Developmental diazinon neurotoxicity in rats: later effects on emotional response.
Developmental exposure to the organophosphorus pesticides chlorpyrifos and diazinon (DZN) alters serotonergic synaptic function at doses below the threshold for cholinesterase inhibition, however there are some indications that the two agents may differ in several important attributes. Previously, we found that low-dose chlorpyrifos exposure in neonatal rats causes lasting changes in emotional response and in the current study we did a comparable evaluation for DZN. Male and female Sprague-Dawley rat pups (N=10-12 of each sex per treatment group) were given 0, 0.5 or 2 mg/(kg day) of DZN s.c. daily on postnatal days (PND) 1-4. These doses bracket the threshold for barely-detectable cholinesterase inhibition. Starting on PND 52, these rats began a battery of tests to assess emotional reactivity. In the elevated plus maze, there was a slight decrease in the time spent in the open arms for DZN-exposed males, while DZN-exposed females were not different from control females. In the novelty-suppressed feeding test, DZN-exposed males had significantly shorter latencies to begin eating than did control males, reducing the values to those normally seen in females. DZN-exposed rats of either sex showed reduced preference for chocolate milk in the anhedonia test that compared the consumption of chocolate milk to water. These findings show that neonatal exposures to DZN at a dose range below the threshold for cholinesterase inhibition nevertheless evokes specific, later alterations in emotional behaviors, particularly in males. The effects show not only some similarities to those of chlorpyrifos but also some differences, in keeping with neurochemical findings comparing the two agents.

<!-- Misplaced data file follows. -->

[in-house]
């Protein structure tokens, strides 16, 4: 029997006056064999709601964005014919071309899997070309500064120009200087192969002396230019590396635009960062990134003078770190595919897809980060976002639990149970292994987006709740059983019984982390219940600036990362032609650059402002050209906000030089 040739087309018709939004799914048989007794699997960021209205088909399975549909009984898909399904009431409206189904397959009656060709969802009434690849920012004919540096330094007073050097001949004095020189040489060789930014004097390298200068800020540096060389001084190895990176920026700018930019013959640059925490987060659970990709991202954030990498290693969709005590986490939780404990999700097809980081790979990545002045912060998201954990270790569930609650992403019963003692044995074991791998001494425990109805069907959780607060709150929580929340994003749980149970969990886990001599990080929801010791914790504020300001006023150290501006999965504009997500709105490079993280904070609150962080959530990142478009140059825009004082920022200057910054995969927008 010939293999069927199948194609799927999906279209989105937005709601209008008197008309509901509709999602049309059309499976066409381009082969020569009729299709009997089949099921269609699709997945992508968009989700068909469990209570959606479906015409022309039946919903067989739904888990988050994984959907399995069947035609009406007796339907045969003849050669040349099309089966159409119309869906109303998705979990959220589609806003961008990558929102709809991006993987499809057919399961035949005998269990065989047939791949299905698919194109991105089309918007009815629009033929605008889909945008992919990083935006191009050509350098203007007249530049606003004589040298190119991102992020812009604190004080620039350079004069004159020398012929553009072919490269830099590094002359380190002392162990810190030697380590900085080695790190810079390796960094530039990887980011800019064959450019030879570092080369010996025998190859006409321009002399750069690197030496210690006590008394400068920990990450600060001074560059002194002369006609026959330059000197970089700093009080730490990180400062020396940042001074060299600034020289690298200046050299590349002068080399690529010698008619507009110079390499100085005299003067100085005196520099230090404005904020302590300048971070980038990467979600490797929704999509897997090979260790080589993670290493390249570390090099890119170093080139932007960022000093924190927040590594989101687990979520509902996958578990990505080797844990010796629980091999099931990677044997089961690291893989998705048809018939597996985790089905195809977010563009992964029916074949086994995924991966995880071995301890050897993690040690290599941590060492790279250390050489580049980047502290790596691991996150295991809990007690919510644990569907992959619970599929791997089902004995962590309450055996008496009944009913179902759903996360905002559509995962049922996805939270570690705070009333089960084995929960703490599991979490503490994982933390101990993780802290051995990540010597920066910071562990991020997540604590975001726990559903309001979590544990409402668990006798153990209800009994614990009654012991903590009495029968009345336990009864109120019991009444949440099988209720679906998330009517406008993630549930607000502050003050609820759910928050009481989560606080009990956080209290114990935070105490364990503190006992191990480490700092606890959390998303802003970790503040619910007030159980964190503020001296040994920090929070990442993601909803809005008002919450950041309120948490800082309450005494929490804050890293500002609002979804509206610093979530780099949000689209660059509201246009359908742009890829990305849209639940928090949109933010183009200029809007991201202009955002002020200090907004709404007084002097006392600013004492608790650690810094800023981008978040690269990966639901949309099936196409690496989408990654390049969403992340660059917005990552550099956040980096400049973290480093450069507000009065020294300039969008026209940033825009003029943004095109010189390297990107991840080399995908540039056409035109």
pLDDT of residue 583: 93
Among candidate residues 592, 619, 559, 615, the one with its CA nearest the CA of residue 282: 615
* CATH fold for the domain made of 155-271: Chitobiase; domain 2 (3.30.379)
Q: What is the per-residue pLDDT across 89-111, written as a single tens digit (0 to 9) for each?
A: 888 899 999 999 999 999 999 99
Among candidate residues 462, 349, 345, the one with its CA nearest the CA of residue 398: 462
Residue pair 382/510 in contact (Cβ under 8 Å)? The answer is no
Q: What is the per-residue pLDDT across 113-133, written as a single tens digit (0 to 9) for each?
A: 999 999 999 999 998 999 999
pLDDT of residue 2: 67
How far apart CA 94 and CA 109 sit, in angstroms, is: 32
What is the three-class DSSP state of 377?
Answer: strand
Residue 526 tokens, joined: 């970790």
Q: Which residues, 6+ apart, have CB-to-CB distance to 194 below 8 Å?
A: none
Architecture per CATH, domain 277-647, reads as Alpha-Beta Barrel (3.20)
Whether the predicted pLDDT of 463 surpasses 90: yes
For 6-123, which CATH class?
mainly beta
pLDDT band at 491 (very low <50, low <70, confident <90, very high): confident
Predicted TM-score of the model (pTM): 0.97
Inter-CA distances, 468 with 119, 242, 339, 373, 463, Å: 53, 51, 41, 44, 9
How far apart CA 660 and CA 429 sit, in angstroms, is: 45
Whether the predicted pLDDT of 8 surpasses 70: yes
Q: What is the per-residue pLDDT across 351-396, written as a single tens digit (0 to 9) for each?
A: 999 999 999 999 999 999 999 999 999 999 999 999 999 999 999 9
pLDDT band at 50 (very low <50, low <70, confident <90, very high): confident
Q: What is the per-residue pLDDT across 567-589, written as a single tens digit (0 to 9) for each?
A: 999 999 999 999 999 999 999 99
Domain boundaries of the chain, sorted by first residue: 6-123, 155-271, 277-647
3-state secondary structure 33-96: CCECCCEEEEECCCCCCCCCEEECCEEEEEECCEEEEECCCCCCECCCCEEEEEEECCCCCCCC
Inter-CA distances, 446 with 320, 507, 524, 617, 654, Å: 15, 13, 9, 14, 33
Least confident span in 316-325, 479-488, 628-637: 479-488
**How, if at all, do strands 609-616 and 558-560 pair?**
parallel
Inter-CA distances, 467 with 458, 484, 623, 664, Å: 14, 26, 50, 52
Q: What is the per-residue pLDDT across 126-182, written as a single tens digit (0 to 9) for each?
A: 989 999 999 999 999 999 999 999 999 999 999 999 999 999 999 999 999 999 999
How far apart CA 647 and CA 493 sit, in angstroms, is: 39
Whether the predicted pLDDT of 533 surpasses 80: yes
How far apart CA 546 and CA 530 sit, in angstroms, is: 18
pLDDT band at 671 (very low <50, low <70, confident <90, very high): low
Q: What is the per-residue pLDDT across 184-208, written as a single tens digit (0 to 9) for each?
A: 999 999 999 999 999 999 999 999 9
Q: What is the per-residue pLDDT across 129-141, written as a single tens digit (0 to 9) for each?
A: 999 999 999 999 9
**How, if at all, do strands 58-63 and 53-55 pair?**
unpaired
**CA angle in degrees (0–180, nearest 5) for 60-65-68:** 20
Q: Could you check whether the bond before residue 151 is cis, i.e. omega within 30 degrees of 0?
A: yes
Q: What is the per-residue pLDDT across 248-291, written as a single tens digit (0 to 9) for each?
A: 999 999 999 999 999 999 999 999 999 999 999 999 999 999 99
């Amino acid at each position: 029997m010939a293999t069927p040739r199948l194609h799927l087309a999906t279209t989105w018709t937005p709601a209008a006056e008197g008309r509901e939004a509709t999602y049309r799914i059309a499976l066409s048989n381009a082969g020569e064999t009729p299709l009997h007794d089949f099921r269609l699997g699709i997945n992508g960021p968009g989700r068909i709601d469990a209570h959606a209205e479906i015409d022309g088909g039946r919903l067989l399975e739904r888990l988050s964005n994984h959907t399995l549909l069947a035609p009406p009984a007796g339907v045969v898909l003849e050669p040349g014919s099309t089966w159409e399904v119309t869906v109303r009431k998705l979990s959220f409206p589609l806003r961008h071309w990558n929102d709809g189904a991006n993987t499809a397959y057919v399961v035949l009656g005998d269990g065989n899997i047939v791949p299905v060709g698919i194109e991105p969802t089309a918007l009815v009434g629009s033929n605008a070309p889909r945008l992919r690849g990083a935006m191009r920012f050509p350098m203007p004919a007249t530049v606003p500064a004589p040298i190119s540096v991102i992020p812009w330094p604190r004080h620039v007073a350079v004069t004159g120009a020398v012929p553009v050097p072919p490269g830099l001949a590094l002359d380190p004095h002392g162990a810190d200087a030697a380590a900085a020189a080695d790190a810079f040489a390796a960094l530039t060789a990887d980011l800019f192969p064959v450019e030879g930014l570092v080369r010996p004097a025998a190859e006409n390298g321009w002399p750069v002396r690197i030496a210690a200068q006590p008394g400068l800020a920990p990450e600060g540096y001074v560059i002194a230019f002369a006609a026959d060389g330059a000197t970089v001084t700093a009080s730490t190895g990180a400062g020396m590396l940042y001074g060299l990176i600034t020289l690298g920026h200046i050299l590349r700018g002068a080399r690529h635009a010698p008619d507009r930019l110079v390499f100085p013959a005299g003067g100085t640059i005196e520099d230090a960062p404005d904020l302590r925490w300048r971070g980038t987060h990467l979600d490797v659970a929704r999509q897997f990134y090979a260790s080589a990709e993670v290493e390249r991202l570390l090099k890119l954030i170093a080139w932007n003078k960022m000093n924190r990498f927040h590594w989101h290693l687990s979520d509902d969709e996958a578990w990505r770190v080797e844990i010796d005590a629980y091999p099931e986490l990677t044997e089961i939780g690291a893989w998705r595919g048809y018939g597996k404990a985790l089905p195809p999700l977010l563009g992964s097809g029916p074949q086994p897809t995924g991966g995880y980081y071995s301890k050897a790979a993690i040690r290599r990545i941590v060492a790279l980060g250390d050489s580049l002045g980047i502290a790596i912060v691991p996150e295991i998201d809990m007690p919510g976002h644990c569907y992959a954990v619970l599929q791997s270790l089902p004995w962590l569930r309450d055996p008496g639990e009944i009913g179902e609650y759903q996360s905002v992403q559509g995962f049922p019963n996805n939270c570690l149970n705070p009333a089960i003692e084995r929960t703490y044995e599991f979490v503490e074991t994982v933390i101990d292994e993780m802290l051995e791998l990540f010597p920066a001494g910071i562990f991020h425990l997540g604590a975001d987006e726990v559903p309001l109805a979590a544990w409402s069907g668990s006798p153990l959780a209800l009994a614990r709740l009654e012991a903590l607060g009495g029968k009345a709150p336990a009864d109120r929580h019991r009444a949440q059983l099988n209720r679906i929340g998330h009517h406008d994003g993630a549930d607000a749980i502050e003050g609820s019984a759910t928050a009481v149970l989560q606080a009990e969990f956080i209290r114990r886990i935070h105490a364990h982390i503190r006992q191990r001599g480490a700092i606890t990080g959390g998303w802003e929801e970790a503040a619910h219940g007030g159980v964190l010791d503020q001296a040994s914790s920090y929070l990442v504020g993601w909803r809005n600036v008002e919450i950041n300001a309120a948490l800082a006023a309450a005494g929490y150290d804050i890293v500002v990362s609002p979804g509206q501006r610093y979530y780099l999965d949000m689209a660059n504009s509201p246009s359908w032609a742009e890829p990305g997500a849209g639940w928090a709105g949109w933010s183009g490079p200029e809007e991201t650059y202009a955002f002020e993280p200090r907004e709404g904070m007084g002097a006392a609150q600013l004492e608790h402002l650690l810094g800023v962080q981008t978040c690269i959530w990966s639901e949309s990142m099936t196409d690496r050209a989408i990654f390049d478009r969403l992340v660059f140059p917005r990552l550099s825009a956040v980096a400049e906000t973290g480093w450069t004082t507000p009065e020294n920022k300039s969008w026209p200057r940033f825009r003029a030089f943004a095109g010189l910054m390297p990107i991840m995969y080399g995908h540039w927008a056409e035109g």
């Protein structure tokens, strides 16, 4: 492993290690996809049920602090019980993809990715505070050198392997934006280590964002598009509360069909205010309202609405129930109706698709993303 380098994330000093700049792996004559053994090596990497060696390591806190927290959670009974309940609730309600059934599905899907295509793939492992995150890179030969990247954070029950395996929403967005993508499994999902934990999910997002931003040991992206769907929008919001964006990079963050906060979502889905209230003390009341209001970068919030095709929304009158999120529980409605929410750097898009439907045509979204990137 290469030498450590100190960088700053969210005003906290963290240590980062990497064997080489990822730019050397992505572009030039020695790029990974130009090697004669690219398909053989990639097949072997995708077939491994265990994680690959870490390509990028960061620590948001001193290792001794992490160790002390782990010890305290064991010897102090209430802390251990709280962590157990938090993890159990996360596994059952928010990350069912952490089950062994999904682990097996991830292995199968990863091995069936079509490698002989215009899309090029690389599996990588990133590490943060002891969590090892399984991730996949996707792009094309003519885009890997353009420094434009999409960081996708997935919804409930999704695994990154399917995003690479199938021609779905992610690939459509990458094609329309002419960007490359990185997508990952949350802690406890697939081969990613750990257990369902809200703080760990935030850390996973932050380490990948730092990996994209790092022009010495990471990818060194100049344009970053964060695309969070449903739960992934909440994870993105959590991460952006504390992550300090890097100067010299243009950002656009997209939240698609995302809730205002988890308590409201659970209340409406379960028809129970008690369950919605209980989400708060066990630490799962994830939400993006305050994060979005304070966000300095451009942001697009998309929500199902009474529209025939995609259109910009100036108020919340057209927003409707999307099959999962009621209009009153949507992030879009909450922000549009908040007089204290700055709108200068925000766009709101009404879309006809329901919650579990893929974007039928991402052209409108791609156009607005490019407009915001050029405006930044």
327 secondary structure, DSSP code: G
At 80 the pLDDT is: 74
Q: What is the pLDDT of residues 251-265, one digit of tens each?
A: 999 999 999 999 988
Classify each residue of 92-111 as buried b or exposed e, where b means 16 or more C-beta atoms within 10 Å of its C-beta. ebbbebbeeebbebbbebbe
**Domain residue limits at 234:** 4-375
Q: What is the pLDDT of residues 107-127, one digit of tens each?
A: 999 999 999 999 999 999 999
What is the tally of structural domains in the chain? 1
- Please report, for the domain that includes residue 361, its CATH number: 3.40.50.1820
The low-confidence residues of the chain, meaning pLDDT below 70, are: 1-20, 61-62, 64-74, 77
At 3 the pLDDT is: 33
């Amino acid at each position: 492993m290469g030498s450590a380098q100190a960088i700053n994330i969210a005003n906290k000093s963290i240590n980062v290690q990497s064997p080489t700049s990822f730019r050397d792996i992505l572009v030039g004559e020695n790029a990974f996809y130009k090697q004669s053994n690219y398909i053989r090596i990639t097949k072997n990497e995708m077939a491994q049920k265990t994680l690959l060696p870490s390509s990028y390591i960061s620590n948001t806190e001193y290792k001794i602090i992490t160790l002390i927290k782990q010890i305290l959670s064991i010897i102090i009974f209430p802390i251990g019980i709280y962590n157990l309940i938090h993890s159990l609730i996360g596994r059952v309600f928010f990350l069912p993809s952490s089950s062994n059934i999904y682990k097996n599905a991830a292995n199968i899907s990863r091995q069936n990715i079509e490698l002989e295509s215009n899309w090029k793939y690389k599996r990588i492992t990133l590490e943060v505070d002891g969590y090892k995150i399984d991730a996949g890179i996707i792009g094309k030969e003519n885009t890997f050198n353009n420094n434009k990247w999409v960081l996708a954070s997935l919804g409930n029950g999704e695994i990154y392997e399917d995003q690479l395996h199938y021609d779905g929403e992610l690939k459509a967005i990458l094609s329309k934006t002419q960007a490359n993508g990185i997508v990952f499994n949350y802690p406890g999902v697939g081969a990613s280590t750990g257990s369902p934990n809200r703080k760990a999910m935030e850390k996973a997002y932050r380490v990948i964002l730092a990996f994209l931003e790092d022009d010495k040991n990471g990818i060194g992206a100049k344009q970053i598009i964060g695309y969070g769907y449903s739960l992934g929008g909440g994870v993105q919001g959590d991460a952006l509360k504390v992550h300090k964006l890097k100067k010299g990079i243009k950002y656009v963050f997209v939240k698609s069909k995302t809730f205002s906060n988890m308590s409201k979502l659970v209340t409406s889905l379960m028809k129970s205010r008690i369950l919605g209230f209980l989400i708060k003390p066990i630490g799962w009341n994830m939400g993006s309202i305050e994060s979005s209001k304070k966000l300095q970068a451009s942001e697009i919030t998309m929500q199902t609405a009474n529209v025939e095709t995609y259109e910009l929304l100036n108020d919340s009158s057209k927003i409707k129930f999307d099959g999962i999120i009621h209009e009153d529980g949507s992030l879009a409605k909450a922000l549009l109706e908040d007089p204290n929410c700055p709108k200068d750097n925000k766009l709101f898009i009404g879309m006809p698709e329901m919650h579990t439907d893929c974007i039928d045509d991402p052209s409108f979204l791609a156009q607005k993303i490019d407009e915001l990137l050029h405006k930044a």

Roegge, CS; Timofeeva, OA; Seidler, FJ; Slotkin, TA; Levin, ED
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